From the standpoint of fly control, the goal of good manure management is to minimize the available suitable breeding area. Flies need a moist medium to successfully reproduce, so removing all dog poop quickly helps. If it can't be removed, putting it on a composting pile raises the temperature of all but the outer few inches too high for fly larva. For the same reason, if you've had much more rain than normal, then additional Fly Predators may be required for a few shipments. Our recommended quantities assume a reasonable job of kennel waste management. If it's poor then more Fly Predators will be needed, but control is usually possible. For dogs that are ranging over many acres or for severe fly problem situations, additional quantities likely will be needed.
Biology of Fly Predators
Fly Predators are what biologists call parasitoids. That is, they are classified somewhere between predators and parasites. Like parasites, Fly Predators are much smaller than their pest fly host. However, the effect the Fly Predators have on the pest fly's population is exactly like a predator in that the Fly Predators kill the immature pest flies.
Technically Fly Predators are tiny Hymenopteran insects of the Pteromalidae family, a family that contains many of the worlds beneficial insects. These are pupal parasitoids as they attack the pest fly's pupa stage (the cocoon that houses the pest fly during its metamorphosis from larva to full-sized adult). Fly Predators are sometimes referred to as parasitic wasps, but unlike other Hymenopteran insects, such as bees, wasps and ants, Fly Predators are completely biteless and stingless.
Currently the mixture of species marketed under the trade name Fly Predators include: Spalangia cameroni, Muscidifurax zaraptor, Trichomalopsis, Muscidifurax raptorellus and at times insignificant quantities of other fly parasitoid species. This balanced mix of multiple strains and guaranteed yield from the most advanced quality control techniques means you can always count on the best results with Spalding Fly Predators.
Fly Predators never become a pest themselves. Being passive insects, they do not crawl all over you when being handled, nor will they migrate into living quarters as pest flies do. Since Fly Predators live their entire life cycle on or near the surface of manure and other decaying organic matter, and because they are so small in size, they go virtually unnoticed.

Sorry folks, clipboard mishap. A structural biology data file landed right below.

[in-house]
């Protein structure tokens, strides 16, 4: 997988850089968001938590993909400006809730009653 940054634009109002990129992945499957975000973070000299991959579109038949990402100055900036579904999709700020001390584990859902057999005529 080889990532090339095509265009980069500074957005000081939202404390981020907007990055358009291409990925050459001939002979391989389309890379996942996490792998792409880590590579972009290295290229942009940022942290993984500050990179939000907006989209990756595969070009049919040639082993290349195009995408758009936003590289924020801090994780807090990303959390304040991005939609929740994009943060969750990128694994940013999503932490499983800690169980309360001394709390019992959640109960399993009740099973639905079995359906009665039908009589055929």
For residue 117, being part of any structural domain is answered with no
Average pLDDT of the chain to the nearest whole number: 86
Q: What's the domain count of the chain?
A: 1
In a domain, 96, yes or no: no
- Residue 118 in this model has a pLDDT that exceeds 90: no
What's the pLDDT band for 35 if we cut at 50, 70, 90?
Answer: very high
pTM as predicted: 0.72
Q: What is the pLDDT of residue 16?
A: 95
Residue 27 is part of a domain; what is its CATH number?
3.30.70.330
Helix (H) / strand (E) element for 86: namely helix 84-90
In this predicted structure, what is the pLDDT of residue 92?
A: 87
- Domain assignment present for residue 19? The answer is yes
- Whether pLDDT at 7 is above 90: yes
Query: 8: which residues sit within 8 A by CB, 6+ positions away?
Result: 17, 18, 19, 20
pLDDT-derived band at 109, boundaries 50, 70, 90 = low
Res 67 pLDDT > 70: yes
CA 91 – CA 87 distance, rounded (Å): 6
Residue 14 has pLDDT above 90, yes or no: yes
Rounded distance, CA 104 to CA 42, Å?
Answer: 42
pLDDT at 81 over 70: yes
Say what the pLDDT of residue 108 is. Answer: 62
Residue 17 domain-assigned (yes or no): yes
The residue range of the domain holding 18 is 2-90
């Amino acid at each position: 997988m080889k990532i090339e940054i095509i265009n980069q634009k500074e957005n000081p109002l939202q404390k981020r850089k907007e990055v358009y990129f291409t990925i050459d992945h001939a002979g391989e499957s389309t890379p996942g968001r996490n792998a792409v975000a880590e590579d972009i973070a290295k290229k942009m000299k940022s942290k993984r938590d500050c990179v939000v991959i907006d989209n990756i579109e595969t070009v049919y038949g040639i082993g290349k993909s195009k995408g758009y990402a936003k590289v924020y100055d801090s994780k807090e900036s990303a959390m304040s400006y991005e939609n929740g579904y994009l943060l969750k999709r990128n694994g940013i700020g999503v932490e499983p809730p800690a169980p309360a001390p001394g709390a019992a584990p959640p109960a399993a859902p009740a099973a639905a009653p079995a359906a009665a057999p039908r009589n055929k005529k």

When they are released near fly breeding sites, the female Fly Predator searches through the area seeking out the fly's pupa. After locating one, she drills a hole in the pupal case, inserts her ovipositor, and deposits from one to a dozen eggs inside. After her eggs are deposited, she obtains nourishment by ingesting the fluids of the developing pest fly. The female Fly Predator then moves on and repeats the process until all her eggs have been deposited.
The Fly Predator's eggs that were deposited inside the pest fly pupa will develop into mature adults within 14 to 28 days. The pest fly larva is consumed as a source of food by the developing Fly Predators. Immediately upon emergence the Fly Predators mate and start the cycle all over again. The life span of the female Fly Predator ranges from as little as two weeks to as long as one month. She will live just long enough to deposit all of her 50 to 100 eggs. When the pest fly's population is under control and only a few pest fly hosts are available, the female Fly Predator has the ability to reabsorb her eggs as a source of nourishment and thus is able to live up to a month while searching for pest fly pupae.